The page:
Kate Berry, a 36 year old photographer from East Lancashire was one of the people volunteering at the weekend, as work and commitments meant that she would not be able to attend during the week. She explained how the gathering proved to be a good opportunity for WWOOF hosts and WWOOF volunteers to meet and share experiences of growing plants and talk about new ideas for developing a more sustainable future. She said: "By meeting together we are able to share knowledge, experiences and techniques for sustainable living and organic farming with like-minded people.

"The sharing sessions provided the perfect opportunity to discuss new ideas and the ups and downs of trying out new green farming techniques. Topics included water preservation, wildlife conservation and eco-friendly organic farming techniques - all subjects I would like to learn more about."

Amanda Pearson, Volunteer Liaison for WWOOF, who has been recently appointed in part to encourage more local WWOOFing, explained why they re-initiated the local working weekend: "When WWOOF started in 1971 it was all about working weekends on organic farms; in 2013 the majority of volunteers will have travelled considerable distances, with many having flown into the country and so, understandably, staying a week or longer. We are keen to reverse the trend and remember our roots by encouraging local WWOOFing once more."

"From a sustainable and economic perspective it seems appropriate to be encouraging more local WWOOFing right now, by which we mean connecting hosts and WWOOFers who are within a 50 mile radius of one another," Amanda said.

She described the event as a real success, and the group has already been discussing a spring get-together. She added: "This was a pilot project, a toe in the water. Given the response we have had, we are keen to support the creation of more local WWOOFIng opportunities, perhaps with an educational theme such as "bee/chicken keeping" or "organic principles", so that we can skill up as many of our WWOOFers as possible so they can grow their own food and help others to do so too."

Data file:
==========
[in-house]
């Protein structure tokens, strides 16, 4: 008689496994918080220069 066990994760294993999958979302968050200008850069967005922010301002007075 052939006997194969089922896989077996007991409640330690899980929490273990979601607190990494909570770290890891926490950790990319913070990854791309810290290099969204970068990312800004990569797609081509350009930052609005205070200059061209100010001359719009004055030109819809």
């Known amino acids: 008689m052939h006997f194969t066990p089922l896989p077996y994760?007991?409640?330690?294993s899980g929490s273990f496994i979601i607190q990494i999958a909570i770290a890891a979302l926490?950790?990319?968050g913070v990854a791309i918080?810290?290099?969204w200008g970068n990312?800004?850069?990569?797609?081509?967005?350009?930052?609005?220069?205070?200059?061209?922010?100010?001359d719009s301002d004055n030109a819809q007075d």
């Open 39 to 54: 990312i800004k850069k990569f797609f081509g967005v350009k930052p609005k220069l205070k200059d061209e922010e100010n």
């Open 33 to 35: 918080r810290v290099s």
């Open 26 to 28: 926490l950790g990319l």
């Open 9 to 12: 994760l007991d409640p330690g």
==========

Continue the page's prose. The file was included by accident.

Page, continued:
WWOOFing weekends could be the environmentally and socio-economically sound answer to short-breaks, whereas long-term WWOOFing could be seen as a sustainable and financially viable alternative to gap-years or even holidays, especially in times of a recession and environmental crisis. The rewards seem endless; WWOOFing can give you new skills, knowledge, new friendships, fresh air and excercise as well as free meals (whoever said there was no such thing as a free lunch?), while the farmer benefits from free labour.

The success of the weekend in Todmorden will hopefully set the stage for many more Working Weekends on Organic Farms, so that people around the UK can have their own, and free, taste of the Good Life.

To find out more about any local WWOOF farms near you where you could help out and become part of a growing revolution, visit www.wwoof.org.uk 

Iris Coates is a freelance journalist who writes about green issues. Visit www.iriscoates.co.uk for more.

All images by Kate Berry.

Further resources

Why not learn about six UK WWOOFing places to visit in WWOOF UK: forty years of inspiration, education and perspiration

Learn how an education project at WWOOF farm Tang’neduk,  lifts children out of abject poverty